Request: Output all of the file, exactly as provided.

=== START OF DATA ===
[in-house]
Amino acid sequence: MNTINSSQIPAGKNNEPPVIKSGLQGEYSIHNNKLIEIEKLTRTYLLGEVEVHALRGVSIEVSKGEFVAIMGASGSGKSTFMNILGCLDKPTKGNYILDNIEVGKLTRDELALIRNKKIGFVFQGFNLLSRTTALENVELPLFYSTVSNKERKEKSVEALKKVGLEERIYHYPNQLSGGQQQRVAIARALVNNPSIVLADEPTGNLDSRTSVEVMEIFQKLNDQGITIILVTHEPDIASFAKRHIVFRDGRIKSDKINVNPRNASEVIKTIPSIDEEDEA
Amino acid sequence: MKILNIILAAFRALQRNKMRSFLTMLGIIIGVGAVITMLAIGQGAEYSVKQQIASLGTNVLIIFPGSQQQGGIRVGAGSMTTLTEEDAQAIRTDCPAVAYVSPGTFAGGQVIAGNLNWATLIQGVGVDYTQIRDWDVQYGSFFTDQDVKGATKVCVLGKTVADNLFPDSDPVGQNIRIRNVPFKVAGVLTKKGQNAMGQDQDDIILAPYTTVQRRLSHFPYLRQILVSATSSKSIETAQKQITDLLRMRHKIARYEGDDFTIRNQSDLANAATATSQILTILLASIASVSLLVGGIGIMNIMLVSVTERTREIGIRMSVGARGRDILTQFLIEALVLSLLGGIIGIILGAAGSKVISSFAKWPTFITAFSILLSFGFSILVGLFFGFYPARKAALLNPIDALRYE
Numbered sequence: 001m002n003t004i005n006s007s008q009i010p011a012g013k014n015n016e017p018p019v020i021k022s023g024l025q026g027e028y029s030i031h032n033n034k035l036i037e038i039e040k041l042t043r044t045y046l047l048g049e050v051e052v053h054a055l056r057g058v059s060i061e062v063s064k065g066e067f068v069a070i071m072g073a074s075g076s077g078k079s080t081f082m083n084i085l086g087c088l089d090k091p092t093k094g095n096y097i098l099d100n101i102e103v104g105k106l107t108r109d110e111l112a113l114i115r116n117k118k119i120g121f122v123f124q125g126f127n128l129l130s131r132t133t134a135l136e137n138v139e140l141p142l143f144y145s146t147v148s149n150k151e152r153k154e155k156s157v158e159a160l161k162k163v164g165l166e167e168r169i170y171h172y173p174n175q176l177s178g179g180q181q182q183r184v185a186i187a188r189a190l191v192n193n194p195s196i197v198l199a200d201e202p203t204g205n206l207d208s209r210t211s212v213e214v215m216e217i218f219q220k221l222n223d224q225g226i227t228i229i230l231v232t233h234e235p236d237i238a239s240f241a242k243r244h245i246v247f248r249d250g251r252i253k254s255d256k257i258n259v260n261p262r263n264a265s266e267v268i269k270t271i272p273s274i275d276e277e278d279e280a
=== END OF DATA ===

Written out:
[in-house]
Amino acid sequence: MNTINSSQIPAGKNNEPPVIKSGLQGEYSIHNNKLIEIEKLTRTYLLGEVEVHALRGVSIEVSKGEFVAIMGASGSGKSTFMNILGCLDKPTKGNYILDNIEVGKLTRDELALIRNKKIGFVFQGFNLLSRTTALENVELPLFYSTVSNKERKEKSVEALKKVGLEERIYHYPNQLSGGQQQRVAIARALVNNPSIVLADEPTGNLDSRTSVEVMEIFQKLNDQGITIILVTHEPDIASFAKRHIVFRDGRIKSDKINVNPRNASEVIKTIPSIDEEDEA
Amino acid sequence: MKILNIILAAFRALQRNKMRSFLTMLGIIIGVGAVITMLAIGQGAEYSVKQQIASLGTNVLIIFPGSQQQGGIRVGAGSMTTLTEEDAQAIRTDCPAVAYVSPGTFAGGQVIAGNLNWATLIQGVGVDYTQIRDWDVQYGSFFTDQDVKGATKVCVLGKTVADNLFPDSDPVGQNIRIRNVPFKVAGVLTKKGQNAMGQDQDDIILAPYTTVQRRLSHFPYLRQILVSATSSKSIETAQKQITDLLRMRHKIARYEGDDFTIRNQSDLANAATATSQILTILLASIASVSLLVGGIGIMNIMLVSVTERTREIGIRMSVGARGRDILTQFLIEALVLSLLGGIIGIILGAAGSKVISSFAKWPTFITAFSILLSFGFSILVGLFFGFYPARKAALLNPIDALRYE
Numbered sequence: 001m002n003t004i005n006s007s008q009i010p011a012g013k014n015n016e017p018p019v020i021k022s023g024l025q026g027e028y029s030i031h032n033n034k035l036i037e038i039e040k041l042t043r044t045y046l047l048g049e050v051e052v053h054a055l056r057g058v059s060i061e062v063s064k065g066e067f068v069a070i071m072g073a074s075g076s077g078k079s080t081f082m083n084i085l086g087c088l089d090k091p092t093k094g095n096y097i098l099d100n101i102e103v104g105k106l107t108r109d110e111l112a113l114i115r116n117k118k119i120g121f122v123f124q125g126f127n128l129l130s131r132t133t134a135l136e137n138v139e140l141p142l143f144y145s146t147v148s149n150k151e152r153k154e155k156s157v158e159a160l161k162k163v164g165l166e167e168r169i170y171h172y173p174n175q176l177s178g179g180q181q182q183r184v185a186i187a188r189a190l191v192n193n194p195s196i197v198l199a200d201e202p203t204g205n206l207d208s209r210t211s212v213e214v215m216e217i218f219q220k221l222n223d224q225g226i227t228i229i230l231v232t233h234e235p236d237i238a239s240f241a242k243r244h245i246v247f248r249d250g251r252i253k254s255d256k257i258n259v260n261p262r263n264a265s266e267v268i269k270t271i272p273s274i275d276e277e278d279e280a